Fri | Aug 7, 2020

Gov’t yielding on defence lawyer exemption – Tavares-Finson

Published:Monday | April 20, 2020 | 12:00 AMJovan Johnson/Senior Staff Reporter
Tavares-Finson
Emile Leiba
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Lawyers who have accused the Holness administration of threatening the constitutional right citizens have to legal representation by the non-exemption of attorneys under COVID-19 curfew orders will see a reversal this week, according to Senate President Tom Tavares-Finson.

The update from the Queen’s counsel and one of the influential legal voices in the ruling Jamaica Labour Party comes as the Jamaican Bar Association (JAMBAR) convenes a meeting later this afternoon to consider options, including whether to take the Government to court over the matter.

Arlene Harrison-Henry, the public defender, has also come public, criticising the administration for a “grave oversight” that should be corrected “forthwith”.

“I am certainly very concerned about it and was concerned about it from the initial stages,” Tavares-Finson told The Gleaner yesterday. Although declining to answer whether he has advised the Government on the issue, he asserted: “I am pretty sure, I am confident that it will be addressed when the orders are revised. I think they are to be revised on Tuesday.”

The Senate president also criticised JAMBAR for not being more aggressive in its advocacy. “I’m just not so sure that the Bar Association and the Advocates Association made their voices heard sufficiently, and I’m not so sure that it required any great amount of advocacy to push the position that persons ought to have access to their attorneys, especially in times like these.”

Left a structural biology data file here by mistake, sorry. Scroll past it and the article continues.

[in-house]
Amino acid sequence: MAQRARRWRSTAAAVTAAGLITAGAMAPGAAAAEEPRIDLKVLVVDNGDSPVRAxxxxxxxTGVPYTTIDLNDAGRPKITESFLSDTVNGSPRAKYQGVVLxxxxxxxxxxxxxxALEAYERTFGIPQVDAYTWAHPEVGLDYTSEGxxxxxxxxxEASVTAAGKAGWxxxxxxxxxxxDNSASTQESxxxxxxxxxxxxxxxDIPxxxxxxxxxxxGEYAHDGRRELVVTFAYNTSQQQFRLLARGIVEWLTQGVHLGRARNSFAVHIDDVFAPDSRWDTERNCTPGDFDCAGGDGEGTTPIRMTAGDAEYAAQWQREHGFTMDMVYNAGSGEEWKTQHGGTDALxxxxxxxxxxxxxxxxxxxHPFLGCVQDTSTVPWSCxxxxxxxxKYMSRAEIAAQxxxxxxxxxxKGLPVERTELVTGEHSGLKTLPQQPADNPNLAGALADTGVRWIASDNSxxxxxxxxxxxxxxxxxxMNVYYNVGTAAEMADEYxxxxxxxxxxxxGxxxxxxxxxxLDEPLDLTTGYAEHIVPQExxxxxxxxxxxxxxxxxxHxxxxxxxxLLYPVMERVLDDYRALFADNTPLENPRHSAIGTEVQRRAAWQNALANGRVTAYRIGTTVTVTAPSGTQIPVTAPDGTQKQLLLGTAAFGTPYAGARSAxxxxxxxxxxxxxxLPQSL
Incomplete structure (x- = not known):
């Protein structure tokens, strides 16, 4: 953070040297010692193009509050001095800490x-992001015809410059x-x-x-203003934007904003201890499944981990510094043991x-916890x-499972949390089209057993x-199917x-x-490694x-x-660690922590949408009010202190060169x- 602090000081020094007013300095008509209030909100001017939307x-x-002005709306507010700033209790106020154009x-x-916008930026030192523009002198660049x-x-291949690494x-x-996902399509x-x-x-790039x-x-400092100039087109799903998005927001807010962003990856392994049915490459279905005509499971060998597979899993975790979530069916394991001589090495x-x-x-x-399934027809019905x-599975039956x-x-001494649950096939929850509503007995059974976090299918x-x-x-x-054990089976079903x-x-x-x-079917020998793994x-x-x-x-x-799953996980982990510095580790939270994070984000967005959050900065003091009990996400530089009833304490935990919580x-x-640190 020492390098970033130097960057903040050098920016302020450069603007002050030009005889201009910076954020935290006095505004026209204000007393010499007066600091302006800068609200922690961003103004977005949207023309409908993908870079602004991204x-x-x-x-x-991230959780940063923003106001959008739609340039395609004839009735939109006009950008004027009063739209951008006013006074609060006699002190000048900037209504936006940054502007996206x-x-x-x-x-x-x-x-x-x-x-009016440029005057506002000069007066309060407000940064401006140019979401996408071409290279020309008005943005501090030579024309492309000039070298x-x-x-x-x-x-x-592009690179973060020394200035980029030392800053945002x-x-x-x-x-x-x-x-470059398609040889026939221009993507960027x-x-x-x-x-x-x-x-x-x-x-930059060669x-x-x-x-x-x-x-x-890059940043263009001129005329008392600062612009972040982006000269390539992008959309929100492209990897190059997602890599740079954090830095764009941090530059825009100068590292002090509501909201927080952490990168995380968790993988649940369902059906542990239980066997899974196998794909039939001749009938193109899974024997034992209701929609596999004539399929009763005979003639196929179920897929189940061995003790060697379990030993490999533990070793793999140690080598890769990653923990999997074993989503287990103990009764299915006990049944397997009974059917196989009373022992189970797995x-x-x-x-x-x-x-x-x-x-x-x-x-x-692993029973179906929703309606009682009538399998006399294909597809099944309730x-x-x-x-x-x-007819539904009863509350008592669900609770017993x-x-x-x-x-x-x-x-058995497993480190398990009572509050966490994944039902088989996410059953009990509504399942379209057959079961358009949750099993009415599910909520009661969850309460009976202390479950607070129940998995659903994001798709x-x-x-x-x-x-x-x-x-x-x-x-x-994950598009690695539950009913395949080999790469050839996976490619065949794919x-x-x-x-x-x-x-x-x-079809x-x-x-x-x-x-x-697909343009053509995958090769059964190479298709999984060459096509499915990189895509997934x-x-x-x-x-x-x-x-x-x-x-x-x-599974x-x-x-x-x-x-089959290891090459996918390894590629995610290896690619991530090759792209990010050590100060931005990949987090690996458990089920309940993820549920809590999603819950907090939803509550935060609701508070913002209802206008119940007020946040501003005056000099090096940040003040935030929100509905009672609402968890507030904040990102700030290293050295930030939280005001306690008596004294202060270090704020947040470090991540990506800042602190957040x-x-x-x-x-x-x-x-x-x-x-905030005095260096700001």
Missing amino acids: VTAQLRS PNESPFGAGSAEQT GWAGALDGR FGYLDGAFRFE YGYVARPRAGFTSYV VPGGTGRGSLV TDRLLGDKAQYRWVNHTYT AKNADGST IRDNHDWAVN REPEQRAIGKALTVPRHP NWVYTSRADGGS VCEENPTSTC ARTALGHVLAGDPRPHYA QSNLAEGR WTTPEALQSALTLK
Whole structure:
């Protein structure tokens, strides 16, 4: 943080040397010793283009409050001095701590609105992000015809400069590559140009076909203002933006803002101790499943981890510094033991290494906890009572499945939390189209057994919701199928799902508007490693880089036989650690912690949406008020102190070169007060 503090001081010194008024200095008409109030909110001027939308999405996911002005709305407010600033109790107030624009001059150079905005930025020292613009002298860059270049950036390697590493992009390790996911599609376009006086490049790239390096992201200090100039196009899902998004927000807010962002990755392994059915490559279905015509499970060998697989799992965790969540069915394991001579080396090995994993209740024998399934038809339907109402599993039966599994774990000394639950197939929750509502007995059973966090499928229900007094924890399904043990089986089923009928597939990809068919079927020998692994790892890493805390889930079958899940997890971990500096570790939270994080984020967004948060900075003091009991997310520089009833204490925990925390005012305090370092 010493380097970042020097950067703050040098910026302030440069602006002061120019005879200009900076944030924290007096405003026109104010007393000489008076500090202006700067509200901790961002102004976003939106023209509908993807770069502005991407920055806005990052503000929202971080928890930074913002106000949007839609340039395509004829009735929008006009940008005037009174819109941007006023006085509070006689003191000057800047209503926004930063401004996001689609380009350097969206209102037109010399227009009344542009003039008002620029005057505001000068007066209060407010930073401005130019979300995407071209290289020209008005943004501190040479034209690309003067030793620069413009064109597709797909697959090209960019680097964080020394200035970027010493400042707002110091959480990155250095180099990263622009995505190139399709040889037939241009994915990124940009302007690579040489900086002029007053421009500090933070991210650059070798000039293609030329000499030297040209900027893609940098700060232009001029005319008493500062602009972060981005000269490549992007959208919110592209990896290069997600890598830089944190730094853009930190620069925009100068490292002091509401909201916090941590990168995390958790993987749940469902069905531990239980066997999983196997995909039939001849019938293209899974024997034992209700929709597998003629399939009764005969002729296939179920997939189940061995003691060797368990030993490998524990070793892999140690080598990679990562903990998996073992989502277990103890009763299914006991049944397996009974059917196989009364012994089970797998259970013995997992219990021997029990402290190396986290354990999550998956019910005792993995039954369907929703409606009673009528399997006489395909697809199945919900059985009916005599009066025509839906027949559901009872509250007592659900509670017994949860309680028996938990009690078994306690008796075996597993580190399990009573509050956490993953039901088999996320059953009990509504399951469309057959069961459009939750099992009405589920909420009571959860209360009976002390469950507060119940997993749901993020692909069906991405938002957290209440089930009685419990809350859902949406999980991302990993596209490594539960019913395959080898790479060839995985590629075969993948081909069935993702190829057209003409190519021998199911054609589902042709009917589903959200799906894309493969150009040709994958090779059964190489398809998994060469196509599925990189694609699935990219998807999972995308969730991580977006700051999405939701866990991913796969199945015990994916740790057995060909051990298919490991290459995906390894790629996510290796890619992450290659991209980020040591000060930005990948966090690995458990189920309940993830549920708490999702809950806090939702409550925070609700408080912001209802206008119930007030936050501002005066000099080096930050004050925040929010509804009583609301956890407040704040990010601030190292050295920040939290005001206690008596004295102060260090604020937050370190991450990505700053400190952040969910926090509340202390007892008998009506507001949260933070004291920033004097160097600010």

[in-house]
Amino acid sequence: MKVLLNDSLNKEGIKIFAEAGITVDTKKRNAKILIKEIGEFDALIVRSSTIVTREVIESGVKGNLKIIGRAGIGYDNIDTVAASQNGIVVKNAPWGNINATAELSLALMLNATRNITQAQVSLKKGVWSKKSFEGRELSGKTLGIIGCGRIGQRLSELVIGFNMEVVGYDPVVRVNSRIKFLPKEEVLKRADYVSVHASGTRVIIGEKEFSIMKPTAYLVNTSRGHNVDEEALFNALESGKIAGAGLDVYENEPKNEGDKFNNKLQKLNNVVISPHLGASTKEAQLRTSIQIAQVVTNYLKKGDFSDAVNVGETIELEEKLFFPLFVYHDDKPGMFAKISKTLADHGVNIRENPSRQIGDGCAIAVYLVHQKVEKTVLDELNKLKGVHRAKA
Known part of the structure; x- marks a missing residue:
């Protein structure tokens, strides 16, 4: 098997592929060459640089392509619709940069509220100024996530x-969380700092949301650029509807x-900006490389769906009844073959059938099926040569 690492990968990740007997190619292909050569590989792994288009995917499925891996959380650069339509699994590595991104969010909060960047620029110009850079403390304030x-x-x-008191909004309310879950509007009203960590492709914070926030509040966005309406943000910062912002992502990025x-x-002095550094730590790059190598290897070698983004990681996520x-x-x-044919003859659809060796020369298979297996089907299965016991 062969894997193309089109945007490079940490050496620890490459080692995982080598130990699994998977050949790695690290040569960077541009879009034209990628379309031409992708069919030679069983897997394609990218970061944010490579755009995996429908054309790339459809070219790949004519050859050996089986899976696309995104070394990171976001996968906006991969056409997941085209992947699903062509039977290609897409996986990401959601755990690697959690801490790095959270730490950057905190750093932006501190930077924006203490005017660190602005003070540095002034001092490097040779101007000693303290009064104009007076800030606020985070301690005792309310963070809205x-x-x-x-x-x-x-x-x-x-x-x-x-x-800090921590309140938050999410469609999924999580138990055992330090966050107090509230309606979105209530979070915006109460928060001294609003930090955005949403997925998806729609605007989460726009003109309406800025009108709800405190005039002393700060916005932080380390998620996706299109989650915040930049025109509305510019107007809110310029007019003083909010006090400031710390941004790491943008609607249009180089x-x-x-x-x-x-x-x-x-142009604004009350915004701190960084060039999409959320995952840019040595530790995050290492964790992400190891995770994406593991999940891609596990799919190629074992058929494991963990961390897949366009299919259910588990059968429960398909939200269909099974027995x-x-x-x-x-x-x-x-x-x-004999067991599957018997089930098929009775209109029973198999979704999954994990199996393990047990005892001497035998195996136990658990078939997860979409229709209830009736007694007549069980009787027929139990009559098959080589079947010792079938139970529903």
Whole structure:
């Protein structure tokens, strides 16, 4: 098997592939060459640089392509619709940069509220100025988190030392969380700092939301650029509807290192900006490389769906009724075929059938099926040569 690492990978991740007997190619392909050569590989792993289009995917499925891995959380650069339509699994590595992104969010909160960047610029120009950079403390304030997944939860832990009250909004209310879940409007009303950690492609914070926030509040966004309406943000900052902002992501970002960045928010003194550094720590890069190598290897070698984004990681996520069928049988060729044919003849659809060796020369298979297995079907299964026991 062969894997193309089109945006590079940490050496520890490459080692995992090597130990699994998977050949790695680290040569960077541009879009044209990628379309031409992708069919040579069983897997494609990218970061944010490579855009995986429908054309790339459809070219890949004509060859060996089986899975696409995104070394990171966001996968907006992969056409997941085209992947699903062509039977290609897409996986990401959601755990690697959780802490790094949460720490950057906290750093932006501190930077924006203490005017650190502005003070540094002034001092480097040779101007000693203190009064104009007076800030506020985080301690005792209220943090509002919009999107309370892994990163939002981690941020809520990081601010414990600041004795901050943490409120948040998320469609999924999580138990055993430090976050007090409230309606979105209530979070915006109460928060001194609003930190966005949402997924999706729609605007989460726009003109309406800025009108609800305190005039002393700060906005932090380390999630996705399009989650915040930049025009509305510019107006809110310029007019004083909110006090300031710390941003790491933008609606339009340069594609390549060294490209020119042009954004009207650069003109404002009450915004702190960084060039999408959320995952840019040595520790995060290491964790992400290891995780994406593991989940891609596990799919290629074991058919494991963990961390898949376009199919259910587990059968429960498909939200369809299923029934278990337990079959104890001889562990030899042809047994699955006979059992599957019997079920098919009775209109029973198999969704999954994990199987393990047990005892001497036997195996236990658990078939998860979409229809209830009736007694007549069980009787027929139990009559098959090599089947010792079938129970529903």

Since Prime Minister Andrew Holness declared Jamaica a disaster area on March 13 because of the coronavirus pandemic, several orders have been made regulating movement and business hours. Lawyers have not been among the groups exempted, although members of the judiciary like judges and court employees have been.

MORE INTENSE

The situation has got more intense with the lockdown of St Catherine,where residents categorised as non-essential are not allowed to leave the parish and are permitted out in public twice per week – a situation the prime minister said will be changed following last week’s chaotic implementation.

Emile Leiba, president of the Bar Association, said that Attorney General Marlene Malahoo Forte has acknowledged an April 17 letter outlining the concerns of the legal fraternity.

The national security minister is empowered under the Disaster Risk Management law to recommend exemptions for Cabinet approval.

Attempts to reach Malahoo Forte for comment yesterday were unsuccessful.

JAMBAR’s concerns focus on the restricted freedom of movement of defence lawyers.

“It is not that we wish the attorneys, generally in Jamaica, to be permitted to move during curfews and quarantines,” Leiba explained, “but that for those individuals who are being detained by the police both for quarantine and COVID-related matters, as well as for other matters, that their constitutional rights for representation should still be upheld.”

The public defender holds a similar view.

“Lawyers ought to be exempt to carry out their duties. Not to be on the street generally, but to act in lawful execution of their duties, and this is normally in relation to the protection of the rights of persons who, during the pandemic, continue to be incarcerated.”

The number of persons arrested for breaches of the curfew orders was not immediately available last night, said Stephanie Lindsay, a senior superintendent and head of the Jamaica Constabulary Force’s communications arm.

Attorney-at-law Alexander Shaw told The Gleaner that he had to deny service to a potential client because he was based in St Catherine, which is under a lockdown. And Leiba has also pointed to an instance in which an attorney was reportedly denied entry into St Catherine to meet with a client at the Greater Portmore Police Station.

jovan.johnson@gleanerjm.com